Please note that, due to limited room capacity, attendees must register to attend the LAVA Sunday Salon. To sign up for this free event: First register as a user on this site, or login to your existing account and then return to this page. Refresh the page and the signup field will appear just to the left of this text. Enter your email address. No plus-ones; each guest must register individually. If you find you are unable to attend, please return to this page and cancel your reservation. Also, note that the Sunday Salon has a new time slot: 2-4:30pm.
The Photography of Kristin Bedford: Race, History & the Divine
Los Angeles-based photographer Kristin Bedford will be presenting her series of photographs about the legacy of the African-American religious leader Father Divine. The body of work delves into issues of race, American religious history, and the mystery of enduring faith.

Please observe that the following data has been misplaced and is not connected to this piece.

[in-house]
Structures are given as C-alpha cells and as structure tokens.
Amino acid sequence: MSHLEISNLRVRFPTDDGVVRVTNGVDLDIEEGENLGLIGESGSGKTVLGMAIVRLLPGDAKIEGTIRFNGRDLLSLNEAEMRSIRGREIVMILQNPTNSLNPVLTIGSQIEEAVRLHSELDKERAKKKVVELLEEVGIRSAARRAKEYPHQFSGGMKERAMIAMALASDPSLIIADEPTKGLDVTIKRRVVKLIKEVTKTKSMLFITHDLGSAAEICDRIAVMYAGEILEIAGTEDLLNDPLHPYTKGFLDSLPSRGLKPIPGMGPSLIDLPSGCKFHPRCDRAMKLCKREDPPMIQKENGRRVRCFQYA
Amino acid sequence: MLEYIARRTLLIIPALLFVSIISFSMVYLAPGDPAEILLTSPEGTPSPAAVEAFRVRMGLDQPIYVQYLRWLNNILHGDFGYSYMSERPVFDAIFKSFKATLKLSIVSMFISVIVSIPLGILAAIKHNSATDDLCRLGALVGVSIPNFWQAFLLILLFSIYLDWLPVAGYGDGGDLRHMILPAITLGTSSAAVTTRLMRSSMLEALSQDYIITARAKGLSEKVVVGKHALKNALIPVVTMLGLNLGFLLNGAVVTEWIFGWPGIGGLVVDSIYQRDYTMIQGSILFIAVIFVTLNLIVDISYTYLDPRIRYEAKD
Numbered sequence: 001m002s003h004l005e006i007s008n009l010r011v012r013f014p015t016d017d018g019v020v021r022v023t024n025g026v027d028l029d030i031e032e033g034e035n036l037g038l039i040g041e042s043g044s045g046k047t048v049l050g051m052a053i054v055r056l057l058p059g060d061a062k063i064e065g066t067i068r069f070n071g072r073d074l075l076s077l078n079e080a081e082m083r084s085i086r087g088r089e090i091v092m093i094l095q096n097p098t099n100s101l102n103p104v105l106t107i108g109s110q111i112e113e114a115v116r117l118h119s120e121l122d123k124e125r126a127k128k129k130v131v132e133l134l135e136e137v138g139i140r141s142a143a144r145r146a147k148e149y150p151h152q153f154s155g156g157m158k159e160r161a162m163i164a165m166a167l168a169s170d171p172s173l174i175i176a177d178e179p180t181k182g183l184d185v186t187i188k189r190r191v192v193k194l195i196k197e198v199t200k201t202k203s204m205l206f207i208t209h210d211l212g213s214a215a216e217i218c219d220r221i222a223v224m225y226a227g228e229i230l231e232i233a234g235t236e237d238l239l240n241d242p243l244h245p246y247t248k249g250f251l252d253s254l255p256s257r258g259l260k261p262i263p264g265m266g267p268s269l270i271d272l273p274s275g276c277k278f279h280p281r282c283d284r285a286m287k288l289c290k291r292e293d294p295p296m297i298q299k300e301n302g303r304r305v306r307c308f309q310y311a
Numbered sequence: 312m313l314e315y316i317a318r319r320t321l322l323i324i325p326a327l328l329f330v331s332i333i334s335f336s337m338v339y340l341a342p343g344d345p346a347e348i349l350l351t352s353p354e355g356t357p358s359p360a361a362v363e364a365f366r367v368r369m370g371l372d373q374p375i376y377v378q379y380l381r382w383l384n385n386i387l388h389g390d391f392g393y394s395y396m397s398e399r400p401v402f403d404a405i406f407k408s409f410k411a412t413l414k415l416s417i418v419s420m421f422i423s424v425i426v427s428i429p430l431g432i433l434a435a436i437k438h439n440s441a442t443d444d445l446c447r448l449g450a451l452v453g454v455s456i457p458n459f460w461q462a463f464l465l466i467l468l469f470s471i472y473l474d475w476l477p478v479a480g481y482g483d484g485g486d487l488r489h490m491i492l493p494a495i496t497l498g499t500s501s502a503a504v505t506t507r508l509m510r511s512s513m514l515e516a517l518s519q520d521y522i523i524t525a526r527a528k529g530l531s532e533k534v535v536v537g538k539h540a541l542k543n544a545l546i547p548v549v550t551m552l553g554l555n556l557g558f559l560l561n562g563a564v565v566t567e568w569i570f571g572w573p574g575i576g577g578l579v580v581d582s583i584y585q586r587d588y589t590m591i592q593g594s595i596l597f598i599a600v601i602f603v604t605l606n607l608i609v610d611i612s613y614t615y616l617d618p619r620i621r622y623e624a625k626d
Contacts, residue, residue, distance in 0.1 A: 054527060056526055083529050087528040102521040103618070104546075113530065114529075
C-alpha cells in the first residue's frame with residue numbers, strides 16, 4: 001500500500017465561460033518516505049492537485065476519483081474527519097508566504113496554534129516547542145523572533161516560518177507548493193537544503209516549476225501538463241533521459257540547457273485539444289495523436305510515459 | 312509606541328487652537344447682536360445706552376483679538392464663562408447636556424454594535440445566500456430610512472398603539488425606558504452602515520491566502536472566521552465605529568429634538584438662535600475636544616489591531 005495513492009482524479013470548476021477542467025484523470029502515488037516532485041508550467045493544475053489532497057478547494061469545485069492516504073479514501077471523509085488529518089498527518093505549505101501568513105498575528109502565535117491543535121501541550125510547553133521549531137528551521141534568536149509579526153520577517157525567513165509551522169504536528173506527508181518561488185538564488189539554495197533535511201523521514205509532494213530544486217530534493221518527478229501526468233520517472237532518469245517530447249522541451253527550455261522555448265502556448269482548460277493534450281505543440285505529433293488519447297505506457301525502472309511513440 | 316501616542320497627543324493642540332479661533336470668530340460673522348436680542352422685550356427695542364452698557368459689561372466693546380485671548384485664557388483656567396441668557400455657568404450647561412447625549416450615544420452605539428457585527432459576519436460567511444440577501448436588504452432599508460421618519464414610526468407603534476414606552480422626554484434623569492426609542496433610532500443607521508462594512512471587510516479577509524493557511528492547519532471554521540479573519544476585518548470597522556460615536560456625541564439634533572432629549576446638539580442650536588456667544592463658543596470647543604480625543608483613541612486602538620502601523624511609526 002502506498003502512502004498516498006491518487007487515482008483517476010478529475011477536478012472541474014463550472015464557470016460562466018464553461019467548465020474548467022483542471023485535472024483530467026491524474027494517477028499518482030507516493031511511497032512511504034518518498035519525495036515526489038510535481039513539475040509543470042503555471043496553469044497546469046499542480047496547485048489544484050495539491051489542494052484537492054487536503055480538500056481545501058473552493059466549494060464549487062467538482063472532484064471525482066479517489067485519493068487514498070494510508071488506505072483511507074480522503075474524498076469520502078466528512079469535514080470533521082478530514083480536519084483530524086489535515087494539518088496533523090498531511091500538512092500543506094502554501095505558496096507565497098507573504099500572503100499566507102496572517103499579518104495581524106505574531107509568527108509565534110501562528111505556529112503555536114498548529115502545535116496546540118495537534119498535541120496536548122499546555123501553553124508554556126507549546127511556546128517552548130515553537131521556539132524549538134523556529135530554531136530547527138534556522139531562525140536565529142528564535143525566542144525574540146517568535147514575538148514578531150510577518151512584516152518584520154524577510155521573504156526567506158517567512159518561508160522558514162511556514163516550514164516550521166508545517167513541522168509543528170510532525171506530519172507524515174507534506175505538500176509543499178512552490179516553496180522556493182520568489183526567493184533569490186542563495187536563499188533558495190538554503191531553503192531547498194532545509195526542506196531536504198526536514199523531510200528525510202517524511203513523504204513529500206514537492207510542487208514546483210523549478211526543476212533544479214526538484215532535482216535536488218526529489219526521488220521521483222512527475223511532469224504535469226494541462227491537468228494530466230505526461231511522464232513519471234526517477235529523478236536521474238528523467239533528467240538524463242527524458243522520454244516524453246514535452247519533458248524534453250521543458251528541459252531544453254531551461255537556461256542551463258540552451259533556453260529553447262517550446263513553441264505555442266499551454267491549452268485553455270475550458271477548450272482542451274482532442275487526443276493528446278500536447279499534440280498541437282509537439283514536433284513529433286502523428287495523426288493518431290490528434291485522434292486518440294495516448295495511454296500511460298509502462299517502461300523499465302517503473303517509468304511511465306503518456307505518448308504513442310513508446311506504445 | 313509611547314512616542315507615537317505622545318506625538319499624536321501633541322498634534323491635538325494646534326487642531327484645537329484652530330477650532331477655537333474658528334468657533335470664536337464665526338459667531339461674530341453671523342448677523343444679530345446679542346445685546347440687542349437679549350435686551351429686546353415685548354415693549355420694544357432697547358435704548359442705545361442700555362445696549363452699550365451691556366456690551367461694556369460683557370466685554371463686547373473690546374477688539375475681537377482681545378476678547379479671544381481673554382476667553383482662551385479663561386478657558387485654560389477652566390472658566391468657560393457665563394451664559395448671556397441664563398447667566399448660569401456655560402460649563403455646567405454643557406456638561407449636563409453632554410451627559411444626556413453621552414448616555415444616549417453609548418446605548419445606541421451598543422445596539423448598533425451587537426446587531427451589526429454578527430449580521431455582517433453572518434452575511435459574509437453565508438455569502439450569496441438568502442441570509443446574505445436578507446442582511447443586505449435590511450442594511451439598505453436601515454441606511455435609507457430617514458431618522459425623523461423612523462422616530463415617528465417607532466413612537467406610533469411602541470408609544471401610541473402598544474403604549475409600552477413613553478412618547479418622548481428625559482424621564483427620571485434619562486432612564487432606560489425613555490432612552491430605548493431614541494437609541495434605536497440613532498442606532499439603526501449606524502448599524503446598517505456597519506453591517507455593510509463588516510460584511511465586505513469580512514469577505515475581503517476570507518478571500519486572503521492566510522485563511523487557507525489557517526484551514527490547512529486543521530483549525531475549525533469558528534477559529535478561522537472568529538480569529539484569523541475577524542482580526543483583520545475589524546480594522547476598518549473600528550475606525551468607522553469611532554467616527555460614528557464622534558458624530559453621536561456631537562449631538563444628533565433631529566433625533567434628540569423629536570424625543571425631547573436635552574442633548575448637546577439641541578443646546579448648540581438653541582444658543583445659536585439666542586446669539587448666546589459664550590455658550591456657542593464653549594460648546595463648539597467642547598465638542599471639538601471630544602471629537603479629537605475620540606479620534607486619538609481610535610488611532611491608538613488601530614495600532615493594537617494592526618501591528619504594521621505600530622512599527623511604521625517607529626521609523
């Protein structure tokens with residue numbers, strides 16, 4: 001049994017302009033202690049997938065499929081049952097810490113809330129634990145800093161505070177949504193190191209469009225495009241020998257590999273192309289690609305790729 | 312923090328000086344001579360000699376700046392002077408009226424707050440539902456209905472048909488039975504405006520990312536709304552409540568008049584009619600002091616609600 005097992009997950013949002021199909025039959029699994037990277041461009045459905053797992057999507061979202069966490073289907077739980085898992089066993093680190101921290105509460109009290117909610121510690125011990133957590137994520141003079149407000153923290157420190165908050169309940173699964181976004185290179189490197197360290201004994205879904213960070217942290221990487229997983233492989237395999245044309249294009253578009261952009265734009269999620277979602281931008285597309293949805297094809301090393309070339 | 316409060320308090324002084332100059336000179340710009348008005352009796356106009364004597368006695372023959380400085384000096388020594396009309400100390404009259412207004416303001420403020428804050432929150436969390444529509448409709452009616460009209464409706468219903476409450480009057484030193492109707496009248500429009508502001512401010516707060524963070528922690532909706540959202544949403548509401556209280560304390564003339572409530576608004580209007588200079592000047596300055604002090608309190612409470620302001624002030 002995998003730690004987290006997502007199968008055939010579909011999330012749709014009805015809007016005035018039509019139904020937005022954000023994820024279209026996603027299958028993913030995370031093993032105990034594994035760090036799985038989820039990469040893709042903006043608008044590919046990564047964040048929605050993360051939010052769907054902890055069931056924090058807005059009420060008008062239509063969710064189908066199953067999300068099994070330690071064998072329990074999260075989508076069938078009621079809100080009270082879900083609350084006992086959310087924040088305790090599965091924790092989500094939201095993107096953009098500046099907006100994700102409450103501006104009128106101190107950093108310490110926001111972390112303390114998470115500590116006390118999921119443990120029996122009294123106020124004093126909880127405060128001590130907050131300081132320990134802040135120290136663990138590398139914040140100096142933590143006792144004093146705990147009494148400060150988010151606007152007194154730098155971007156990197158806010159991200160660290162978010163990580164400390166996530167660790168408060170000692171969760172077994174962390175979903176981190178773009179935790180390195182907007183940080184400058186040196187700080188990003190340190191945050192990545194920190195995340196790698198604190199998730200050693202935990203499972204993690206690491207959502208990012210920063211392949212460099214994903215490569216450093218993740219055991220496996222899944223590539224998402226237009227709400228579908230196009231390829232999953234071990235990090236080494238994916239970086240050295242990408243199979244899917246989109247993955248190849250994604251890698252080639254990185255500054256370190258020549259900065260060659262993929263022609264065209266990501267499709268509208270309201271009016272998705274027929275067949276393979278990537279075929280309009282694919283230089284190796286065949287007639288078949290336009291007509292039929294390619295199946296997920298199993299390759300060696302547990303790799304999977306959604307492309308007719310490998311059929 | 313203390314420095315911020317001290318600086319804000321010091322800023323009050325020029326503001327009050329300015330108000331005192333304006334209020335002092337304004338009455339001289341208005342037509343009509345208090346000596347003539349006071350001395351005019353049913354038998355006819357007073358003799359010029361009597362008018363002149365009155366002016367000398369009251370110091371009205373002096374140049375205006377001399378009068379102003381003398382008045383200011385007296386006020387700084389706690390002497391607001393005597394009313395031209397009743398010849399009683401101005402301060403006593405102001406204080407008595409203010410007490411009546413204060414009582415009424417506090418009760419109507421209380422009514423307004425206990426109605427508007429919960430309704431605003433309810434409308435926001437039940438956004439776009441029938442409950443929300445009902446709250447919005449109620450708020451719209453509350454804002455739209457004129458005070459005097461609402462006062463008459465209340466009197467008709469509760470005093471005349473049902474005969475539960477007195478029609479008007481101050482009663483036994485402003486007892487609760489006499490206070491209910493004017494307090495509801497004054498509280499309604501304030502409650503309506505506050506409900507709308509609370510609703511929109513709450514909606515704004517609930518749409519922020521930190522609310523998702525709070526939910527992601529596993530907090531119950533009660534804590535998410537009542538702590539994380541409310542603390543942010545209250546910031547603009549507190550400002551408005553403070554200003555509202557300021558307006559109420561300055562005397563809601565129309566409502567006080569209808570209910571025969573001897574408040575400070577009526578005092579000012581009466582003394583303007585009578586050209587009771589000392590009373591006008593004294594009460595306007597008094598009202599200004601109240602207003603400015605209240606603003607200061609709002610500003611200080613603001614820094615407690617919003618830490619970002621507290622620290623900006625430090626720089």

Father Divine, known to his followers as God, once had tens of thousands of devotees in 1930s Harlem. To the outside world Father Divine died in 1965, but for his followers he “lay his body down” and is still with them as he always has been. Now in their seventies, eighties, and nineties, eighteen of the remaining celibate followers live with Mother Divine at Father’s estate outside of Philadelphia. In 2013, Kristin Bedford spent five weeks living with and photographing this community.
The followers, who call themselves “The International Peace Mission Movement,” are living a way of life and performing rituals created over eighty years ago by their God. With the lack of new followers, their movement is likely in its final chapter. Bedford had the chance to experience and photograph their traditions before they fade away.
The Father Divine presentation will be followed by an exclusive sneak peek of Bedford’s current photography project.
Kristin Bedford is a Los Angeles-based photographer who focuses on long-term visual studies of where we live – the streets we walk down, the places we worship in, the homes we create, and the spaces between them all. Her subjects have included religious movements, street culture in numerous urban centers, and the modern day legacy of historic African-American communities.